Build up the body of Christ. Support the Pentecost Offering.

Small beginnings


Promoting health in all areas of life in South Sudan during the coronavirus

by Kristi Rice, mission co-worker in South Sudan | Special to Presbyterian News Service

Mission co-worker Kristi Rice asks women in South Sudan about their hopes and dreams for the group. (Photo by Elijah Luak)

LOLOGO, South Sudan — A few weeks ago, before coronavirus took over our thoughts in South Sudan, I joined a meeting of women to talk about community development. Women gathered in a circle after the church service, many of them holding young children on their laps. I started the discussion by reflecting on John 10:10, where Jesus expressed his intention to give us “life, and have it abundantly.”

What does that mean?

As a mission co-worker with the Presbyterian Church (U.S.A.) working in the area of community health evangelism, I explained that means God cares about all aspects of our lives — our eternal souls, certainly, but also our bodies, relationships, work and minds. If one part of our life is unhealthy — such as a conflict with a family member, that will have an impact on other parts of our lives. So how can we all improve and promote health in all areas of life?

My colleague Elijah passed around a weaving that was in process. He asked the women to tell what they thought it was, or what they noticed. Several women suggested that it was a basket or would become a woven bag for carrying things. Some said they knew how to do this type of weaving.

When an object was passed around at its beginning stages, the women discussed what it might be. (Photo by Kristi Rice)

When something is at its beginning, there are many possibilities. Something that looks small and insignificant at its beginning can become something big, beautiful and of great use with slow, steady progress. With that perspective, we asked the women to share some of their dreams. What impact could they have as a group? Some of their top dreams included:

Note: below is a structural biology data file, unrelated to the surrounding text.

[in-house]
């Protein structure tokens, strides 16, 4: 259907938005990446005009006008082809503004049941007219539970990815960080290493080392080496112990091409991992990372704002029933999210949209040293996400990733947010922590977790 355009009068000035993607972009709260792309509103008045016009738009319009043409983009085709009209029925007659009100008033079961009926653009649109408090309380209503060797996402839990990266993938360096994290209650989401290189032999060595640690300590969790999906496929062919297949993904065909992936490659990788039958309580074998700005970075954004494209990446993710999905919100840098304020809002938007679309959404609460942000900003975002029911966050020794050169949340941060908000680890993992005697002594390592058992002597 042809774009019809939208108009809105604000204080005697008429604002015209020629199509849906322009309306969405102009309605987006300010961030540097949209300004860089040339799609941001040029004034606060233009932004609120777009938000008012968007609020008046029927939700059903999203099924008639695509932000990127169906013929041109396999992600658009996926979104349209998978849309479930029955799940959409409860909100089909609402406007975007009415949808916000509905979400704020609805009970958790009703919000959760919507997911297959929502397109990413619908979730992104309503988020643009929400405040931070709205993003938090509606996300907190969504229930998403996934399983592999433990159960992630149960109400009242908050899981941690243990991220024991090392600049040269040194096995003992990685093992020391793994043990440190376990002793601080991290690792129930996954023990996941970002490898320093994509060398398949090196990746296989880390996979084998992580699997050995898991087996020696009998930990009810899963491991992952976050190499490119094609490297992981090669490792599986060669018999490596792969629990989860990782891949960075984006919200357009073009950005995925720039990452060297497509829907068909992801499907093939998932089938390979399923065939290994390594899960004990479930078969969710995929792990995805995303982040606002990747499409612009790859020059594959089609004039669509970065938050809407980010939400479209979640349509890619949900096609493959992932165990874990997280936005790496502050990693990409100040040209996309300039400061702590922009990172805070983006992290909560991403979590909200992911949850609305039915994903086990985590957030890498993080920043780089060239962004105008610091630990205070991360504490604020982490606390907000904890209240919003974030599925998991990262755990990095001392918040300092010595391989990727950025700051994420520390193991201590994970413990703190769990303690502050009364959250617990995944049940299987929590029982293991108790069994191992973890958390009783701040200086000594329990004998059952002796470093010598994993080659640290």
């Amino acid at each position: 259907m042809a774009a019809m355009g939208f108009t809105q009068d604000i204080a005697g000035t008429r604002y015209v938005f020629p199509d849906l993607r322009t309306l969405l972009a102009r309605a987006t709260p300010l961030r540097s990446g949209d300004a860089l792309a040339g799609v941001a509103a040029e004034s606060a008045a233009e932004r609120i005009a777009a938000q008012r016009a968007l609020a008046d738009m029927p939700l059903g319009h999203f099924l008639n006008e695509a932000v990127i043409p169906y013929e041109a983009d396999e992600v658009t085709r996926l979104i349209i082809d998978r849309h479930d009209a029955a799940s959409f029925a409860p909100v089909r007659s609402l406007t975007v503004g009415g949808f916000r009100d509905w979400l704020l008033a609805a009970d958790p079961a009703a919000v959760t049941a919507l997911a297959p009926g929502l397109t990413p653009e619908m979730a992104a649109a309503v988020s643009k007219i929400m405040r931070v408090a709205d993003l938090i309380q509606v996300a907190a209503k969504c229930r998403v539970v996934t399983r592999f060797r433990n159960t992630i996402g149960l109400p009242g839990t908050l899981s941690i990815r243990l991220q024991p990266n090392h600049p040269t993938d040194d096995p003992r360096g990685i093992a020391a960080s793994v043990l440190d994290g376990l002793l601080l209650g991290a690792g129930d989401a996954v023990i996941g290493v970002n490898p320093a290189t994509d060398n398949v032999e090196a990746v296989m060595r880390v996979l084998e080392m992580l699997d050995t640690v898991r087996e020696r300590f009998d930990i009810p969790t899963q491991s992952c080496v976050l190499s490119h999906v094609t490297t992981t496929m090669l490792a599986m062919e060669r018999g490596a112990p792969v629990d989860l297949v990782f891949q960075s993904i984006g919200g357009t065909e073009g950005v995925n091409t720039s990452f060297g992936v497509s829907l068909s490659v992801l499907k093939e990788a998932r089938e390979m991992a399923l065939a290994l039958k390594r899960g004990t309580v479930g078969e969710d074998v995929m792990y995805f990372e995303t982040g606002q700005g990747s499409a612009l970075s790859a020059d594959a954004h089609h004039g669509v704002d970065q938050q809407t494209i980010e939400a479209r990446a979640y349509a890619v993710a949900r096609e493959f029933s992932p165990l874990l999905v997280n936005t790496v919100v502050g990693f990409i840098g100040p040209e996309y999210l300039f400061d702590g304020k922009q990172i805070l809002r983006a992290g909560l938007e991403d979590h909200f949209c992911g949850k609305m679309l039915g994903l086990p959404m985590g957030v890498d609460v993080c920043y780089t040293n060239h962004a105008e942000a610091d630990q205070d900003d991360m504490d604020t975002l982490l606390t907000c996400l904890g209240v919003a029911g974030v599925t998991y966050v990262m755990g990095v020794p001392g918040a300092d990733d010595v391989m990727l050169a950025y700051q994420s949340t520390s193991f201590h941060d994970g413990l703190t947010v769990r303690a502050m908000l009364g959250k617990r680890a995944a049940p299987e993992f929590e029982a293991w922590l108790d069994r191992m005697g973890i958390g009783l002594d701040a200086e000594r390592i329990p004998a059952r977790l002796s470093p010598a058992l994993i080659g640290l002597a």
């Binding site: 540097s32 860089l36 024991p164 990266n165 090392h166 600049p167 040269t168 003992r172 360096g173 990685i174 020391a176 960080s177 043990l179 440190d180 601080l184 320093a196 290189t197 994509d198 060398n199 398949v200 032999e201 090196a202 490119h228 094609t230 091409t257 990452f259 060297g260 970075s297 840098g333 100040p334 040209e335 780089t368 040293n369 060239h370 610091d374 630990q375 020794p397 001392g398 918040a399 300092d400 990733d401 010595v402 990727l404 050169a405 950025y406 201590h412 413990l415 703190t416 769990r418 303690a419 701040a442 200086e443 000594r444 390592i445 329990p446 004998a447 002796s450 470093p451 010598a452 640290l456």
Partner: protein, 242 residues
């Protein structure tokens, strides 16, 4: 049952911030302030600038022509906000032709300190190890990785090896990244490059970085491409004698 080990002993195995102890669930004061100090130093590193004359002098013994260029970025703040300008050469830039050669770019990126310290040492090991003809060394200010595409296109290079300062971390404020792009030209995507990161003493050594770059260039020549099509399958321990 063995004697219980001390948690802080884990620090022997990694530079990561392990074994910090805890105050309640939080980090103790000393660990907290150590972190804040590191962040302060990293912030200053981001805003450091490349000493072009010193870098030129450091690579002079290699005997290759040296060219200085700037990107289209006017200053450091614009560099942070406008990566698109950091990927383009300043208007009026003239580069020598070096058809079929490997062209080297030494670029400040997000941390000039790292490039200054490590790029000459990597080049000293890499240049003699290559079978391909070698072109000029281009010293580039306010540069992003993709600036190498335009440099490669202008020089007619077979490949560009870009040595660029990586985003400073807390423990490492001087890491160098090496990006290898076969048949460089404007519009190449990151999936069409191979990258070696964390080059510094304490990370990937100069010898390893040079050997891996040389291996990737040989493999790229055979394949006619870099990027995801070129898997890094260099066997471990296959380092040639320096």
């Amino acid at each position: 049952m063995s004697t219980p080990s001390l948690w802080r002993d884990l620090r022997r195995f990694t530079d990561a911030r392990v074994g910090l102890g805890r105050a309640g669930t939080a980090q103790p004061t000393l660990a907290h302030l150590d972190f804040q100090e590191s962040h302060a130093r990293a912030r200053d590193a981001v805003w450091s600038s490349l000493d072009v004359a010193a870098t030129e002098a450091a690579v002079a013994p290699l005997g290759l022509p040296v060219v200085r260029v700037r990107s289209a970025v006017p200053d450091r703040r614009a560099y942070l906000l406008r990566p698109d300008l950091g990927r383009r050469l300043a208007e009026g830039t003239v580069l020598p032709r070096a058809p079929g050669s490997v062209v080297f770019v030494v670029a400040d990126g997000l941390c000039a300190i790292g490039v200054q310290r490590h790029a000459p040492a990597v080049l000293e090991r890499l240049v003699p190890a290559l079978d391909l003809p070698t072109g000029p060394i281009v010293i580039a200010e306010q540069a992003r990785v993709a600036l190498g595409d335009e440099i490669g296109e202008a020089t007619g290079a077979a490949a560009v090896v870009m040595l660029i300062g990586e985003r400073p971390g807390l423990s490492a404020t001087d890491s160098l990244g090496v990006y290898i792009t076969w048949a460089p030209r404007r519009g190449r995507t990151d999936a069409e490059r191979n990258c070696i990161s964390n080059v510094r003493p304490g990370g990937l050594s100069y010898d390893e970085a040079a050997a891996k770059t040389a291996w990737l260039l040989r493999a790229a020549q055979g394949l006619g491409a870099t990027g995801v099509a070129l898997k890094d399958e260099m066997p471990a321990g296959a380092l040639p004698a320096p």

• Adult education (many of them have not gone very far in school; they would like to learn to read and write)
  • Employment (perhaps through a store where the women can sell their handcrafts, or a farm)
  • Spiritual strengthening (including prayer, Bible study)
  • Trauma healing training
  • Health awareness (e.g., about diseases, including cancer)

We then looked at each of these top goals or hopes the women had for projects. We asked what would be required in terms of material or human resources for each? What resources did they have available? Finally, we asked them to vote for which of these should be tackled first. Voting was a challenge because all projects had value and felt like priorities to the women.

Elijah Luak makes notes as the women prioritize projects. Then they voted on where to begin, determining together the top need is to create employment for women, such as a shop or cooperative to sell Anyuak beadwork and other handicrafts. (Photo by Kristi Rice)

They decided that creating employment would be the highest priority task to tackle first, especially through trying to open a shop or having an incoming-producing cooperative that could help them sell some of the beautiful beadwork that the Anyuak tribe is known for.

The women thought about some ways they could save to get some capital for opening a shop. We talked about the planning and training that might be needed before they opened. The women, most of whom live in the neighborhood and do not have consistent work, are eager to collaborate. We talked about the need to continue to meet, to learn and plan together. Please pray for God’s wisdom and provision for these women in Lologo. And now that coronavirus has made meetings risky, pray for wisdom in how we proceed.

Kristi Rice and her husband, the Rev. Bob Rice, are Presbyterian Church (U.S.A.) mission co-workers serving in South Sudan since 2017 and prior to that for seven years in the Democratic Republic of Congo. Kristi is an economic and development adviser for the South Sudan Presbyterian Evangelical Church. She supports projects that help meet the financial goals of the church and improve the health and well-being of communities, including the exploration of community health evangelism. Bob serves as an instructor at Nile Theological College, where he teaches theology and biblical studies courses. Subscribe to their lettersConsider supporting their work.

Creative_Commons-BYNCNDYou may freely reuse and distribute this article in its entirety for non-commercial purposes in any medium. Please include author attribution, photography credits, and a link to the original article. This work is licensed under a Creative Commons Attribution-NonCommercial-NoDeratives 4.0 International License.

  • Subscribe to the PC(USA) News

  • Interested in receiving either of the PC(USA) newsletters in your inbox?

  • This field is for validation purposes and should be left unchanged.